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Tuesday, June 17, 2014

19th century heavy metal in downtown Nashua

Don Himsel

Editor’s Note: Imagine Nashua: Then & Now is a weekly photo column by Don Himsel. Each week, he will feature an old photo within a more recent photo and an explanation of how he got the shot.


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Editor’s Note: Imagine Nashua: Then & Now is a weekly photo column by Don Himsel. Each week, he will feature an old photo within a more recent photo and an explanation of how he got the shot.

I saw this hanging on the wall at the Nashua Historical Society awhile back. The caption under this fine photo reads:

“Nashua’s first steam powered road machine, also known as ‘Tom Sands Bicycle,’ was nicknamed after Mayor Thomas Sands (from 1893 to 1894). Mayor Sands purchased a road machine for $3,700. The road machine is in front of the County Records Building and the Odd Fellows Building. Mayor Sands wanted to make ‘necessary improvements upon highways, macadamizing certain streets and curtailing as far as possible the general expense of government.’”

It looks like an big ol’ rollerskate, doesn’t it? The old kind with metal wheels that you could strap onto your shoes. I bring up the rollerskate because former mayor Thomas Sands, according to the New Hampshire State Magazine, Vol. 28, said he’s the one who invented it, back when he was an apprentice at the Davenport Bridge and Kirk Locomotive manufacturers. The “Tom Sands Bicycle” reminds me of those skates. The old ones. Now, I didn’t wear them, but I believe my sister did when she was a little girl, ’cause, well, she’s older than me. And boy, she’s going to get me for writing that.

So Sands didn’t design this giant piece of construction equipment, but it’s associated with a pretty interesting guy who invented several machines that turned him into a successful Nashuan. Sands’ real fame didn’t come from rollerskates or the brick-making machine he invented, but from the White Mountain Ice Cream freezer.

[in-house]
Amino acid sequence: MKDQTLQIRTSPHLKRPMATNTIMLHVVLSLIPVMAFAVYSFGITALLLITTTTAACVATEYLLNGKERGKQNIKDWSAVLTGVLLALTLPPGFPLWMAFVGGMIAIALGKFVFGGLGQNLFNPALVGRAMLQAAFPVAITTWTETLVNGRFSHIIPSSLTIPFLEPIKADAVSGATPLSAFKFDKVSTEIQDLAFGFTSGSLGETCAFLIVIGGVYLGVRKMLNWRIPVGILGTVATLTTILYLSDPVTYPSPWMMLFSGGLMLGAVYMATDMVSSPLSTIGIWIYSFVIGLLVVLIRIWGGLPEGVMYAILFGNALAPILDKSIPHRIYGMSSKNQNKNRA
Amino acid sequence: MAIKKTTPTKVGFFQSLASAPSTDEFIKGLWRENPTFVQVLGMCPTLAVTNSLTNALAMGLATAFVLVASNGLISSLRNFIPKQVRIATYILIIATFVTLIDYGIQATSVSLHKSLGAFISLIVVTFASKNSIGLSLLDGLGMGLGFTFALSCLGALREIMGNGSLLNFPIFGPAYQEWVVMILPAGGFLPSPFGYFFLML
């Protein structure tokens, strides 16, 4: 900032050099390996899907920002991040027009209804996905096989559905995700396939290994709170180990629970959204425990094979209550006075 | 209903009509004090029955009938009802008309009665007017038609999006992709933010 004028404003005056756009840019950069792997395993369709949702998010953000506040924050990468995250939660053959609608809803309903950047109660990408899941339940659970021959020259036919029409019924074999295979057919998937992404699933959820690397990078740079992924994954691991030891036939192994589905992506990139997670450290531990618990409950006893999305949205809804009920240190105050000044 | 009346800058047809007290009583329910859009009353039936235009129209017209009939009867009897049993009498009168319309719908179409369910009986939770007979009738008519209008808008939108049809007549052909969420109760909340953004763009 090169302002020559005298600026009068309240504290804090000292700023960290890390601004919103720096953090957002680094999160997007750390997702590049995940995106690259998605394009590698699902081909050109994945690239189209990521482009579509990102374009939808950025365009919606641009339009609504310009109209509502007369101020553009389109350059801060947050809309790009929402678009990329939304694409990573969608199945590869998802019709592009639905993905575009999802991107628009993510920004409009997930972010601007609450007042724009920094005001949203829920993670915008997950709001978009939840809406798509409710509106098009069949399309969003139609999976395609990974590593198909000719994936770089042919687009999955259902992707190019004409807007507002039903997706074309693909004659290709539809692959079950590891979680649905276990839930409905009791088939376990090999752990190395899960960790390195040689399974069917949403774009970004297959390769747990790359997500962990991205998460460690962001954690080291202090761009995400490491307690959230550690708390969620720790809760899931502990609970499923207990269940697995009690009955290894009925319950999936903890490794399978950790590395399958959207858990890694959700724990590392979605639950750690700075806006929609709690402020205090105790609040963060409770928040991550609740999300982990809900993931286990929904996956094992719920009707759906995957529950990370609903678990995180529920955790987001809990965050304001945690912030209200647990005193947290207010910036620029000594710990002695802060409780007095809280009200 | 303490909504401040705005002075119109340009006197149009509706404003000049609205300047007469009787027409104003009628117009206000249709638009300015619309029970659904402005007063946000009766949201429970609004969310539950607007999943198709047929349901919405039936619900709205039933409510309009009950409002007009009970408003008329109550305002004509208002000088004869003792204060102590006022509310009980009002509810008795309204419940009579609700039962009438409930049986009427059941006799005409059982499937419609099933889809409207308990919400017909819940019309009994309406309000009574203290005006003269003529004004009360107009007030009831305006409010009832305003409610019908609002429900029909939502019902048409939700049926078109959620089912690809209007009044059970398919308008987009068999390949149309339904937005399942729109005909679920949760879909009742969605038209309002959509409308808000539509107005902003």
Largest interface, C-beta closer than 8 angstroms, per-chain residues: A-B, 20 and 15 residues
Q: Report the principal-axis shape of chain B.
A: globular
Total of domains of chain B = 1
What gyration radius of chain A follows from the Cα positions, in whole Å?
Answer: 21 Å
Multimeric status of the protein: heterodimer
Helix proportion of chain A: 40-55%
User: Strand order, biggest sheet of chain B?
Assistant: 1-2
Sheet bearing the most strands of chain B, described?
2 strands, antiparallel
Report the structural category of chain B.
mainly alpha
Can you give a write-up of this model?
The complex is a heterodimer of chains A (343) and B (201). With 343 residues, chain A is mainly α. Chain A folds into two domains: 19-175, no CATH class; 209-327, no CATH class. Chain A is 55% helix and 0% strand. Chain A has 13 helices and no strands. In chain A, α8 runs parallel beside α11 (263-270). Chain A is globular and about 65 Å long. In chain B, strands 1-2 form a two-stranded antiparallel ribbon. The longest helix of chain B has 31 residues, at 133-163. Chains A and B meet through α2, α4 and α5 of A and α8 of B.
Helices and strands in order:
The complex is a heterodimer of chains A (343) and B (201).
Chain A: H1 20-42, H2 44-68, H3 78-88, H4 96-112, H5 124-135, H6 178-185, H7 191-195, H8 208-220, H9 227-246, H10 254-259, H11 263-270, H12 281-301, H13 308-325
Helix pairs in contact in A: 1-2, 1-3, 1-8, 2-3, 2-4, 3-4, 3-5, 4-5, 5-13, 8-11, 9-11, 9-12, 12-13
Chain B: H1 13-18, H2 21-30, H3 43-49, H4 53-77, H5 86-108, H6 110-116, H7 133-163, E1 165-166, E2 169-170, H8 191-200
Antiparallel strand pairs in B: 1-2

The factory was first located in Laconia. A fire there in 1881 put him out of business and brought him to Nashua. He managed the company here until 1889.

He ran for mayor in 1892. He lost by one vote to Williams Hall. The magazine reported that he was “renominated by acclimation” and elected in the fall of the following year.

So, anyway, here’s a neat photo of an old “road machine” – a steam roller. Early roadway improvement was actually spurred on by bicyclists. The “National League for Good Roads” was established in 1892 and eventually the Department of Agriculture developed the Office of Road Inquiry in 1893.

Roads, as we all know, developed from native pathways. Foot traffic turned into rutted cart paths, and so on. The surfaces went from mud to our eventual asphalt, with a construction process including stones and gravel developed over time. The device here was used to compact the subsurface before the top wear layer was applied.

I don’t know who manufactured this particular roller. I can’t see any identifying marks on it. However, if my sister was standing with a big metal-wheeled rollerskate raised over my head, ready to bonk me about her being older than me, I’d say it was probably an Aveling and Porter, a prolific manufacturer at the time. My contact at the Historical Construction Equipment Association wasn’t available.

Regardless, I can still enjoy the old shot and dream about how smooth that road must have been for old rollerskates, not just old rollerskaters.

Don Himsel can be reached at 594-6590 or Also, follow Himsel on Twitter (@Telegraph_DonH).